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FCC says News Corp. can buy TV stations

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WASHINGTON — A divided Federal Communications Commission has cleared News Corp.'s $4.4 billion bid to buy television station owner Chris-Craft, giving the companies a temporary reprieve from government rules that restrict media concentration.

With final approval in hand, Fox Television Stations, part of the News Corp. family, can complete the deal that gives it 32 stations, reaching nearly 41 percent of U.S. viewers.

Chris-Craft owns Salt Lake City's KTVX Channel 4 television station, but because Fox already owns KSTU-Channel 13, the U.S. Justice Department filed suit in April to block the sale. Sources say San Antonio-based Clear Channel Communications will buy Channel 4, but officials at KTVX and Clear Channel have yet to confirm it.

FCC Chairman Michael Powell defended the agency's review and decision, even as his Democratic colleagues and public-interest groups accused the commission of giving up on its duty to protect diversity on the nation's airwaves.

Technically, the deal brings News Corp. in violation of a federal rule that only allows a company to reach 35 percent of the population through its TV stations. The deal also runs afoul of a prohibition on one company owning broadcast stations and newspapers in the same market.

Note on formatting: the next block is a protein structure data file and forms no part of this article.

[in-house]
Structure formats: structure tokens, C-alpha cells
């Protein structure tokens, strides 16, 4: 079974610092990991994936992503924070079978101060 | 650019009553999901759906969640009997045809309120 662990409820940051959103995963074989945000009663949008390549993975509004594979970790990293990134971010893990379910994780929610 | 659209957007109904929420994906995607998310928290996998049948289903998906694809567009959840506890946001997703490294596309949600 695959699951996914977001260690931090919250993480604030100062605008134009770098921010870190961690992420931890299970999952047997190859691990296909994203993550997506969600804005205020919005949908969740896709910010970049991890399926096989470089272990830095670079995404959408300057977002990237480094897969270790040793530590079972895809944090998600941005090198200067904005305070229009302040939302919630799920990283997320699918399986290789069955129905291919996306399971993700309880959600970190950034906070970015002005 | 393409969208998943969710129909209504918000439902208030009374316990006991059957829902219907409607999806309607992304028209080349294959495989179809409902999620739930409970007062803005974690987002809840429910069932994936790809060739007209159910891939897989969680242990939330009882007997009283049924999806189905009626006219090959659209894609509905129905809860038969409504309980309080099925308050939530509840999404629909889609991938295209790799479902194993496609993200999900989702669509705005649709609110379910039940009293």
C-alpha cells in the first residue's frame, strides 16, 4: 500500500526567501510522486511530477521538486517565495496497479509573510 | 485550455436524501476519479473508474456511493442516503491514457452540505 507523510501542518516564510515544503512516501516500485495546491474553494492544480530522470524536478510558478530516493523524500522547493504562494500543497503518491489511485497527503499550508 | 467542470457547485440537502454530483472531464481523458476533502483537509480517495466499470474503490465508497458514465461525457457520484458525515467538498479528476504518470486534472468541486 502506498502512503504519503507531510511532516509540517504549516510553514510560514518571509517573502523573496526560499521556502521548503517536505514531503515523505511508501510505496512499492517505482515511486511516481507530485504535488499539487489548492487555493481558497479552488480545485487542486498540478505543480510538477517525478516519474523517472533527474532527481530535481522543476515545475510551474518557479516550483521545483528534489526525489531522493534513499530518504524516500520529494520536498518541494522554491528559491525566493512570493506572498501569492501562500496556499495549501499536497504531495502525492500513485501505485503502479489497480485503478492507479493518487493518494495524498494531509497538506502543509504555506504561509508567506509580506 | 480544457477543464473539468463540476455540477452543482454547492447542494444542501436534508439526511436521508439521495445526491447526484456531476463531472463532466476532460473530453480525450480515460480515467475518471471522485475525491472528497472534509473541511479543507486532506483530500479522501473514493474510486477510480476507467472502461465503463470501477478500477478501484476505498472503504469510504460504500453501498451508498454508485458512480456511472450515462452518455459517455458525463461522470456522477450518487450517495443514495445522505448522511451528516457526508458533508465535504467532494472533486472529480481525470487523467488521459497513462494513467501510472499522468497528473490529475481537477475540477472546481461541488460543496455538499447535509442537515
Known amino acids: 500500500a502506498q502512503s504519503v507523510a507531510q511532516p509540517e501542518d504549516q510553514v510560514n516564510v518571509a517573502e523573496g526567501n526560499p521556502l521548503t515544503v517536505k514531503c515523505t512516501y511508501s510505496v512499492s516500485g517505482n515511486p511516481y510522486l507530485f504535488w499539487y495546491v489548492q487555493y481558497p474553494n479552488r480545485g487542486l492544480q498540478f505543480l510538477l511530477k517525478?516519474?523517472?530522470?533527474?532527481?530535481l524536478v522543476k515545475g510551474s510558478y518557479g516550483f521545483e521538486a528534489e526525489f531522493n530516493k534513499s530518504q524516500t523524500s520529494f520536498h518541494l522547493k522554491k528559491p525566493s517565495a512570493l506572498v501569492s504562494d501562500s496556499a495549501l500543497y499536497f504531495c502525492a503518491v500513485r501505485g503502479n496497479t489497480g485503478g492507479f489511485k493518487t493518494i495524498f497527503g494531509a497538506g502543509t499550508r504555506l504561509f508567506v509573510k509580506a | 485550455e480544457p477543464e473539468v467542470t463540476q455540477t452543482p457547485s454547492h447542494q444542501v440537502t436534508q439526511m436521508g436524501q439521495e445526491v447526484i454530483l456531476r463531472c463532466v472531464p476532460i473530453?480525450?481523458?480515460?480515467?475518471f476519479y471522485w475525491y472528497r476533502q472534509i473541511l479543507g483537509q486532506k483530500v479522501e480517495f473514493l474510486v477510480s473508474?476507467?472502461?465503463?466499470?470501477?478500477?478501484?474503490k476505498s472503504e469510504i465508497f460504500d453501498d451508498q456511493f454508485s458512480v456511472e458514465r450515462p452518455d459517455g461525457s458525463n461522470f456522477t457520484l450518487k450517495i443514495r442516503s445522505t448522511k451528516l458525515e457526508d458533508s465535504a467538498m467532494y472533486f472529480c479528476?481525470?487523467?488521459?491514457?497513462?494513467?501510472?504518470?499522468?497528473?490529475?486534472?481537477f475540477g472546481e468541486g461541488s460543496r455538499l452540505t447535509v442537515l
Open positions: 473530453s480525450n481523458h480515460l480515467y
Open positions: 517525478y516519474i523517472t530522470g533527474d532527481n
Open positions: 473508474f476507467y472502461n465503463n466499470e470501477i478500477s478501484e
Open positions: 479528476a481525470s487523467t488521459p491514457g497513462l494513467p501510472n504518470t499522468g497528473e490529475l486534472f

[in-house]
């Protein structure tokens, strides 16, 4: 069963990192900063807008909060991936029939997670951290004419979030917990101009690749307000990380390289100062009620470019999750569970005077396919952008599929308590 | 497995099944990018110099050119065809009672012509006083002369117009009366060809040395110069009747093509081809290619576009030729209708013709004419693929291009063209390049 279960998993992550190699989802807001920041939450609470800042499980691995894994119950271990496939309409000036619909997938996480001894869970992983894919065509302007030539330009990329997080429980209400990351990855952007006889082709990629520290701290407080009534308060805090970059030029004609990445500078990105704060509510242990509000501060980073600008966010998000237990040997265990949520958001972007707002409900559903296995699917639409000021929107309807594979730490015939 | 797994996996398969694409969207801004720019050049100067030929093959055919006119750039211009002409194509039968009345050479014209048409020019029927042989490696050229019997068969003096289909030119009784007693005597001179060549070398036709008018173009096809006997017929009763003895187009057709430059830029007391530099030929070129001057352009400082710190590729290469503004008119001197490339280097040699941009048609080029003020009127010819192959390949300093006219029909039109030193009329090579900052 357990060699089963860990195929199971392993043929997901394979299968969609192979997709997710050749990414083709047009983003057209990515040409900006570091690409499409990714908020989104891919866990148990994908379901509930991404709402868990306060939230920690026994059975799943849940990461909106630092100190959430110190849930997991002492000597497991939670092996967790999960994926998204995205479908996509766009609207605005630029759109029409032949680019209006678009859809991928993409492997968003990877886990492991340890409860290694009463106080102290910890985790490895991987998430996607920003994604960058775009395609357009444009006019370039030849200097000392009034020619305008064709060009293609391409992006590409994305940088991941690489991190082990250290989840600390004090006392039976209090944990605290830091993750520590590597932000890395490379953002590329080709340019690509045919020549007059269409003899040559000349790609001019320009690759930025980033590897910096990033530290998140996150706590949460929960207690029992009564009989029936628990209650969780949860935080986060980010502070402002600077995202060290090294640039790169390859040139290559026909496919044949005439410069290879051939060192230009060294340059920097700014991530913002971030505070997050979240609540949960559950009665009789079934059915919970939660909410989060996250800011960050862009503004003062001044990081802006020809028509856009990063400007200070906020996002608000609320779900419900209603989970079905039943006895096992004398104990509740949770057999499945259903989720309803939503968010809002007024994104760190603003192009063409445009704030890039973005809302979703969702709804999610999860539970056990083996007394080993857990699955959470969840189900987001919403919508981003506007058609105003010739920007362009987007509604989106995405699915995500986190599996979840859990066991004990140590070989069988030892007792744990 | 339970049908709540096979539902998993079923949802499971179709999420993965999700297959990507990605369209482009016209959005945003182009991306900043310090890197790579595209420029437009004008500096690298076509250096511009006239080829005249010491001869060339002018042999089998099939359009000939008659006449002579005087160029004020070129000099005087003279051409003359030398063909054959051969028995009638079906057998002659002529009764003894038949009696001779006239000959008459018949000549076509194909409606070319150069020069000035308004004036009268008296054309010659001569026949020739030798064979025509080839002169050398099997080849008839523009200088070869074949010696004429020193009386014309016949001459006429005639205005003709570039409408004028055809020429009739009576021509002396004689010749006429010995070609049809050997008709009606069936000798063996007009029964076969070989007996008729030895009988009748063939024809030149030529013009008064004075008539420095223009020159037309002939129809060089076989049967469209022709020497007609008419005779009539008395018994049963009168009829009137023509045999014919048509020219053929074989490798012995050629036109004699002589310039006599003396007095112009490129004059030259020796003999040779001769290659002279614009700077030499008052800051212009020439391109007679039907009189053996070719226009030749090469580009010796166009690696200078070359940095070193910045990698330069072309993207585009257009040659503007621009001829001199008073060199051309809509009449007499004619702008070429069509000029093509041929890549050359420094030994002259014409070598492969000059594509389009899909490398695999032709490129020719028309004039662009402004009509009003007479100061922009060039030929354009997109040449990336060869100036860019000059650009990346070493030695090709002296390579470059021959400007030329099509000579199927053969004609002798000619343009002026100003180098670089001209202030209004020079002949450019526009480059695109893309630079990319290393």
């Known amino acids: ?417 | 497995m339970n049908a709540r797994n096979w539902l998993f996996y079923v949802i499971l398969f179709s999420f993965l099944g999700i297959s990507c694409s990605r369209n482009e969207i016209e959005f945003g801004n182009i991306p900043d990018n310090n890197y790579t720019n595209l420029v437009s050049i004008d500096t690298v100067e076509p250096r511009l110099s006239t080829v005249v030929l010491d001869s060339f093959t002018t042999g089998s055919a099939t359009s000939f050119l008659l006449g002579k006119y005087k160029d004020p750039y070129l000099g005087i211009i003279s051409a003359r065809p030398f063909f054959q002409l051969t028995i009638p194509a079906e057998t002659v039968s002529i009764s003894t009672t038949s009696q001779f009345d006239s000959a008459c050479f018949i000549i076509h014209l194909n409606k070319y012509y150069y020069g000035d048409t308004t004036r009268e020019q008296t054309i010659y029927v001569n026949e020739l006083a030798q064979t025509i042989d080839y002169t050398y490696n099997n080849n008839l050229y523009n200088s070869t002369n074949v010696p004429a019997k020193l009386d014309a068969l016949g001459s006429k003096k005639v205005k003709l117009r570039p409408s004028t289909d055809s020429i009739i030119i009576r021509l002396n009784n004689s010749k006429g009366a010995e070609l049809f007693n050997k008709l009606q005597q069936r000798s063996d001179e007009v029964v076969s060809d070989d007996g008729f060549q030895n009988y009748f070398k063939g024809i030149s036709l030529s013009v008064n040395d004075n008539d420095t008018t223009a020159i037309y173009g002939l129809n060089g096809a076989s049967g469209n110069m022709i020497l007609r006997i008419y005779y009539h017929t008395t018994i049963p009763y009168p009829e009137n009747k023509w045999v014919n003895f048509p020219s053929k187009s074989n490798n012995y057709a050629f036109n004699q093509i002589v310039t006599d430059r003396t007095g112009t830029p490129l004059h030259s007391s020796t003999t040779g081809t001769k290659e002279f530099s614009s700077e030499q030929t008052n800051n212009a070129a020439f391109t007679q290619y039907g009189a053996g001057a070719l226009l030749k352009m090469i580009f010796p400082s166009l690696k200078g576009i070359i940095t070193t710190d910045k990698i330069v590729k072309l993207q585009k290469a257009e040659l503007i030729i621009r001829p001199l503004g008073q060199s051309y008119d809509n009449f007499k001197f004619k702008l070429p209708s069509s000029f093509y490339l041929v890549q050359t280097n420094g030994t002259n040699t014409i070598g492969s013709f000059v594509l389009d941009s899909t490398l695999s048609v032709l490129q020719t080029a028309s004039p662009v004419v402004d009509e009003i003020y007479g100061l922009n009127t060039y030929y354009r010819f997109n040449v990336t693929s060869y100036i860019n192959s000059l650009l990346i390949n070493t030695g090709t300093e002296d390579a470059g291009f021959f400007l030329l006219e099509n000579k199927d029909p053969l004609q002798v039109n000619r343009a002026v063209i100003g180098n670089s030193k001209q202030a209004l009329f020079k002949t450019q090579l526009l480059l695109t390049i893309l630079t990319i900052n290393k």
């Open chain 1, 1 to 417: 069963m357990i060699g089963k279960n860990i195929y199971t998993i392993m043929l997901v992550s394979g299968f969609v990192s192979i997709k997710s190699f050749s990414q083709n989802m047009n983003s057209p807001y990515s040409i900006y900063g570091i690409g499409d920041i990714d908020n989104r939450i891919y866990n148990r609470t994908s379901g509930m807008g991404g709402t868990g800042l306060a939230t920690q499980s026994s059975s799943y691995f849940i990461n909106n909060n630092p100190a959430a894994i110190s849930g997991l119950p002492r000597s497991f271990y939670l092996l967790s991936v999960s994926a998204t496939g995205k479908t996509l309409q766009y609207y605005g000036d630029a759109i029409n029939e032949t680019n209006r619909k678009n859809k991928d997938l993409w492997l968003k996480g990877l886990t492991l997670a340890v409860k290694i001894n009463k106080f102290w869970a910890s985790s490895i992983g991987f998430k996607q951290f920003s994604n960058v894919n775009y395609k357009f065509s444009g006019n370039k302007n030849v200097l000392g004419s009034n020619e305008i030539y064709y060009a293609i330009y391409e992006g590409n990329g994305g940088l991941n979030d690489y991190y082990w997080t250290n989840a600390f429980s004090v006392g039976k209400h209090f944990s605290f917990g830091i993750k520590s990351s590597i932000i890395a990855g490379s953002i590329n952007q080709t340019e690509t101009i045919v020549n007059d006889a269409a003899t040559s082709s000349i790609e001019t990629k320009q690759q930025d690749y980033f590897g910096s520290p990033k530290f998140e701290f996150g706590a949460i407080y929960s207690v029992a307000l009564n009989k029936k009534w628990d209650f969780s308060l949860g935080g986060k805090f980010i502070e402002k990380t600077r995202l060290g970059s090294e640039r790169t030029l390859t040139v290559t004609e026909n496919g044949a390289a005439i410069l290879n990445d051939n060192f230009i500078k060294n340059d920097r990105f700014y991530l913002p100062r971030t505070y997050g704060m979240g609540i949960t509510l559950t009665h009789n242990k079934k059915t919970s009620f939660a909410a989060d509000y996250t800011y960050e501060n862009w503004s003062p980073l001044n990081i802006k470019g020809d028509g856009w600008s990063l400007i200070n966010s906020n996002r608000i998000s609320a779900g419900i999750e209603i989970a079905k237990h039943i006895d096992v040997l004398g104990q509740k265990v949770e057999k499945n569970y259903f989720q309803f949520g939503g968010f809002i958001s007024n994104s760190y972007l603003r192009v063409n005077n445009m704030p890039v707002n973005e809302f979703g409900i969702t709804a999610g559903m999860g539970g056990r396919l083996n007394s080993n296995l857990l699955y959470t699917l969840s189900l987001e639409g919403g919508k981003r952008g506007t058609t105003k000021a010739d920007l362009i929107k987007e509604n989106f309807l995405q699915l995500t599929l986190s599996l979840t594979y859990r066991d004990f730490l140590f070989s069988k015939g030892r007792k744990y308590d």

But on both fronts, the FCC delayed enforcing its rules. The commission decided to hold off on requiring the company to meet the 35 percent cap until an appeals court rules on a legal challenge to the limit — which is being raised by Fox and other networks.

On the newspaper-broadcast restriction, the agency gave the company two years to come into compliance. News Corp. already has a special waiver to operate the New York Post and one TV station in that market. The commission concluded that the old waiver did not extend to the company acquiring a second station in the city.

Still, the company may not have to shed any assets if the FCC relaxes that rule within the next two years. In the coming months, the commission plans to look at whether to modify the quarter-century-old restriction and some believe that under new chairman Michael Powell, the agency will look to ease or even eliminate that restriction.

Merger critics said the two-year waiver would give News Corp. Chairman Rupert Murdoch and others plenty of time to lobby for a relaxation of the rule. They also took aim at Powell, suggesting his leadership would open the door for even greater consolidation in the industry.